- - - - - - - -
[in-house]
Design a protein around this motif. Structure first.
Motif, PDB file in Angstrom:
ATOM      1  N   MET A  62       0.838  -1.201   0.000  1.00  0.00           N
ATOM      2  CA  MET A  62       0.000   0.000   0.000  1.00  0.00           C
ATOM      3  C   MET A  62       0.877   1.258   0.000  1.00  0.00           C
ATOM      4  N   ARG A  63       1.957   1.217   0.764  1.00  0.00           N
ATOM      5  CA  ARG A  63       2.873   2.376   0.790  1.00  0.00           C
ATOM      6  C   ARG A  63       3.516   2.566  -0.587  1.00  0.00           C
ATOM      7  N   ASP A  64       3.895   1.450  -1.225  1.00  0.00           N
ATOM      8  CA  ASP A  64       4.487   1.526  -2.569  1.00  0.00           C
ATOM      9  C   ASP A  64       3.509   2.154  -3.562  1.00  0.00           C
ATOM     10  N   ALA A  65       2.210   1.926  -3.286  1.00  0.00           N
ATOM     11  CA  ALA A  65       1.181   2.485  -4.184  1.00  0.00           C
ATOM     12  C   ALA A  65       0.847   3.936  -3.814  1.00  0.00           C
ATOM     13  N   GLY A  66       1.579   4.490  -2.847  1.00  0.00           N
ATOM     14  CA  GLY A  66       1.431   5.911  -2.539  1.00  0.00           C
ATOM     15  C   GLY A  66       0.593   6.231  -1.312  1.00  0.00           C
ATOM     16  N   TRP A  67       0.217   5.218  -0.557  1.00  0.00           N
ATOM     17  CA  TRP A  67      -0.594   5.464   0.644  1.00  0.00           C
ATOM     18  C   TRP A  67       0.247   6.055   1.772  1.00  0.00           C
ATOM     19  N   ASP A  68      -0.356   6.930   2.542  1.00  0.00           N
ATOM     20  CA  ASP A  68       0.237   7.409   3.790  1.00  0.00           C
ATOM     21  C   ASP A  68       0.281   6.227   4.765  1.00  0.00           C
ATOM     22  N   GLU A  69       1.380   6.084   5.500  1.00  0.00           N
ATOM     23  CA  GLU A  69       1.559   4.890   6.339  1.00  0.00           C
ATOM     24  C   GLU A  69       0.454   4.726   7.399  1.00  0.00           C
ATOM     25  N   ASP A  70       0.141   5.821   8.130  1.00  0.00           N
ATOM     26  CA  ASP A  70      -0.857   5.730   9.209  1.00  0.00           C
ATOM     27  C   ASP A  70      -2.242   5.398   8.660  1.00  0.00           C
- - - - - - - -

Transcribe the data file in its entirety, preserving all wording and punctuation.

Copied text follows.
[in-house]
Design a protein around this motif. Structure first.
Motif, PDB file in Angstrom:
ATOM      1  N   MET A  62       0.838  -1.201   0.000  1.00  0.00           N
ATOM      2  CA  MET A  62       0.000   0.000   0.000  1.00  0.00           C
ATOM      3  C   MET A  62       0.877   1.258   0.000  1.00  0.00           C
ATOM      4  N   ARG A  63       1.957   1.217   0.764  1.00  0.00           N
ATOM      5  CA  ARG A  63       2.873   2.376   0.790  1.00  0.00           C
ATOM      6  C   ARG A  63       3.516   2.566  -0.587  1.00  0.00           C
ATOM      7  N   ASP A  64       3.895   1.450  -1.225  1.00  0.00           N
ATOM      8  CA  ASP A  64       4.487   1.526  -2.569  1.00  0.00           C
ATOM      9  C   ASP A  64       3.509   2.154  -3.562  1.00  0.00           C
ATOM     10  N   ALA A  65       2.210   1.926  -3.286  1.00  0.00           N
ATOM     11  CA  ALA A  65       1.181   2.485  -4.184  1.00  0.00           C
ATOM     12  C   ALA A  65       0.847   3.936  -3.814  1.00  0.00           C
ATOM     13  N   GLY A  66       1.579   4.490  -2.847  1.00  0.00           N
ATOM     14  CA  GLY A  66       1.431   5.911  -2.539  1.00  0.00           C
ATOM     15  C   GLY A  66       0.593   6.231  -1.312  1.00  0.00           C
ATOM     16  N   TRP A  67       0.217   5.218  -0.557  1.00  0.00           N
ATOM     17  CA  TRP A  67      -0.594   5.464   0.644  1.00  0.00           C
ATOM     18  C   TRP A  67       0.247   6.055   1.772  1.00  0.00           C
ATOM     19  N   ASP A  68      -0.356   6.930   2.542  1.00  0.00           N
ATOM     20  CA  ASP A  68       0.237   7.409   3.790  1.00  0.00           C
ATOM     21  C   ASP A  68       0.281   6.227   4.765  1.00  0.00           C
ATOM     22  N   GLU A  69       1.380   6.084   5.500  1.00  0.00           N
ATOM     23  CA  GLU A  69       1.559   4.890   6.339  1.00  0.00           C
ATOM     24  C   GLU A  69       0.454   4.726   7.399  1.00  0.00           C
ATOM     25  N   ASP A  70       0.141   5.821   8.130  1.00  0.00           N
ATOM     26  CA  ASP A  70      -0.857   5.730   9.209  1.00  0.00           C
ATOM     27  C   ASP A  70      -2.242   5.398   8.660  1.00  0.00           C